It is arguable that the British Conservatives’ chance of repeating Berlusconi’s triumph in four or five years may be dependent on their choice of leader, but the dangers for New Labour in continuing to pursue a neo-liberal agenda should be obvious. It is equally obvious that what the British working class needs is a pluralist left party on the model of Rifondazione, with roots amongst both radical trade unionists and anti-capitalist youth, that can accommodate the Trotskyist Left without being dominated by it.


1. This view of Italian politics since 1989 or 1992 had considerable popularity amongst mainstream British, American and Italian political scientists involved in the series of volumes on Italian Politics associated with the Istituto Cattaneo and published in English editions by first Pinter, then Westview Press and most recently Berghahn Books. Volume 11 of the series, dealing with the events of 1995 was entitled "The Stalled Transition", and Volume 15 dealing with those of 1999 was labelled The Faltering Transition" – the negative qualifying adjectives serve to indicate an increasingly desperate attachment to a flawed concept.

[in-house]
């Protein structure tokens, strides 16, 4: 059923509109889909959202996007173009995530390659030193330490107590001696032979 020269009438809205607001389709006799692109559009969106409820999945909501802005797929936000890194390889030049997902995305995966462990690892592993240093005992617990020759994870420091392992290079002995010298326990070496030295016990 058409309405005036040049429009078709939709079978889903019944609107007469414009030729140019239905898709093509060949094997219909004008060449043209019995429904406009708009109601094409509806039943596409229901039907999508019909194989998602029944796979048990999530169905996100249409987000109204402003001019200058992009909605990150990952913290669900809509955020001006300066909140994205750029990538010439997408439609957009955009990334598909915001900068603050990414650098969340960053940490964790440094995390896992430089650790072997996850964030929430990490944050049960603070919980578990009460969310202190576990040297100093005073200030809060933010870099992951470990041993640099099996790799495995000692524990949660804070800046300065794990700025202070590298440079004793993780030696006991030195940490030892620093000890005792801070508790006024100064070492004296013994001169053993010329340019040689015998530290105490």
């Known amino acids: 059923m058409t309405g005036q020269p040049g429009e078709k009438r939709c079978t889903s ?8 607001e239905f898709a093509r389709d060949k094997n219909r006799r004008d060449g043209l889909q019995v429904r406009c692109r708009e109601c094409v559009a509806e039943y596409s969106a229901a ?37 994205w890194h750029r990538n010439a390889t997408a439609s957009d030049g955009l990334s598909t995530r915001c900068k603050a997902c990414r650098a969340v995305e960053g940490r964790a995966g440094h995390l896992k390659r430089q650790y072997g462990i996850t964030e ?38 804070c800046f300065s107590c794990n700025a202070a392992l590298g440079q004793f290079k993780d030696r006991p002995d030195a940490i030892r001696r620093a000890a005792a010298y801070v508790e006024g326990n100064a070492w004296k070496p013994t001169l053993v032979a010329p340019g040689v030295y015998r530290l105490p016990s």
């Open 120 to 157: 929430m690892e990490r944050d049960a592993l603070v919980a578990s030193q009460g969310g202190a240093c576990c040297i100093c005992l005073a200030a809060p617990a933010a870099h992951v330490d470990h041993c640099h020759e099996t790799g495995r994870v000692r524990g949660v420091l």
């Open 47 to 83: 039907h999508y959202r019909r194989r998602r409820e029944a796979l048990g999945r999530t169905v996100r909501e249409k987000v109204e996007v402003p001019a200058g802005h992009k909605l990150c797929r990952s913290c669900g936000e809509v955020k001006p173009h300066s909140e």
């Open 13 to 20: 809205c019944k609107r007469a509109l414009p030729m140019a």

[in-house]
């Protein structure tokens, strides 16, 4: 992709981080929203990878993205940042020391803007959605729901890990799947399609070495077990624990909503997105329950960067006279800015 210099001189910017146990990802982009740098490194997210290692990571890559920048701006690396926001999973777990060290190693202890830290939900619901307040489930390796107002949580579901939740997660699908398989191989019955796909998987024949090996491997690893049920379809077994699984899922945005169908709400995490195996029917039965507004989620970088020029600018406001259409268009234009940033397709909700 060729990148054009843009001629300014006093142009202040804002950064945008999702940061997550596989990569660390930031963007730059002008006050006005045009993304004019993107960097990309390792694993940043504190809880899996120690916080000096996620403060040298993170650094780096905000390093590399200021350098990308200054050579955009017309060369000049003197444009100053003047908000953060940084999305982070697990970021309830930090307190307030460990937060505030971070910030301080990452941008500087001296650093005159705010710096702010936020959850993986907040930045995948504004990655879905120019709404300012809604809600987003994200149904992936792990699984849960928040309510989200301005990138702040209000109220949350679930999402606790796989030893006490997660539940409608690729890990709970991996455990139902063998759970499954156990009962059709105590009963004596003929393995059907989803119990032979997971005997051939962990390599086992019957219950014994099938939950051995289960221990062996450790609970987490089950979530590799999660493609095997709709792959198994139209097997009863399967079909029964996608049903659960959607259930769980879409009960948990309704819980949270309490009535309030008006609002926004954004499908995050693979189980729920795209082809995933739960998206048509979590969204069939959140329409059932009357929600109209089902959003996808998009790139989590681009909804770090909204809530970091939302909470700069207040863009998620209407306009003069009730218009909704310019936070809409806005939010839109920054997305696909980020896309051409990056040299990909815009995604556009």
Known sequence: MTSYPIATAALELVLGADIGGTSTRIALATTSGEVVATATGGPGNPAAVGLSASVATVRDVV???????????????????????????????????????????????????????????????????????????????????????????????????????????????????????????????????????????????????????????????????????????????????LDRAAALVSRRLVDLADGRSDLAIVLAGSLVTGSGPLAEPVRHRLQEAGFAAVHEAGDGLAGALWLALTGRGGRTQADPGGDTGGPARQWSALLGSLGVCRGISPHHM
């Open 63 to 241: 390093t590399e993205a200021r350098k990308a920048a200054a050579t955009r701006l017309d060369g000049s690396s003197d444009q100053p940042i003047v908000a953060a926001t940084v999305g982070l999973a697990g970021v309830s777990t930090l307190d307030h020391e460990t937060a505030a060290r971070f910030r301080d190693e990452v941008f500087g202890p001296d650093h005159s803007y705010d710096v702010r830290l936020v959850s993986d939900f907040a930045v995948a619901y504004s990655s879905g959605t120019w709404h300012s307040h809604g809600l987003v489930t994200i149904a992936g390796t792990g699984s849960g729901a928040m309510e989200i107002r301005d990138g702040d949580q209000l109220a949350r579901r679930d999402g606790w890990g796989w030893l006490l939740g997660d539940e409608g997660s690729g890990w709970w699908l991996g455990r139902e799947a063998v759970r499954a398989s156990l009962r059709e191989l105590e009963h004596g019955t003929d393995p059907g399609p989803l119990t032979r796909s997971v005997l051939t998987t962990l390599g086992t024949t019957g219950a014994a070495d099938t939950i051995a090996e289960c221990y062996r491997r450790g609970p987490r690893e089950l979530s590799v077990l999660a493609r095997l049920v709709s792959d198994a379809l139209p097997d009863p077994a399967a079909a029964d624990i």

2. In an article in the July-August issue of Chartist offering an utterly spurious "left" cover for privatisation in local government, Jon Wilson and Graham Smith blithely cite the Bologna model like ageing Eurocommunists on autopilot, so the myth needs puncturing – Red Bologna has gone the way of the "People’s Republic of South Yorkshire", as Sheffield was once popularly known.

3. Some of the most neo-liberal elements were in the PDS rather than the centrist formations, some of whom showed traditional Christian-Democratic hostility to the unfettered free market.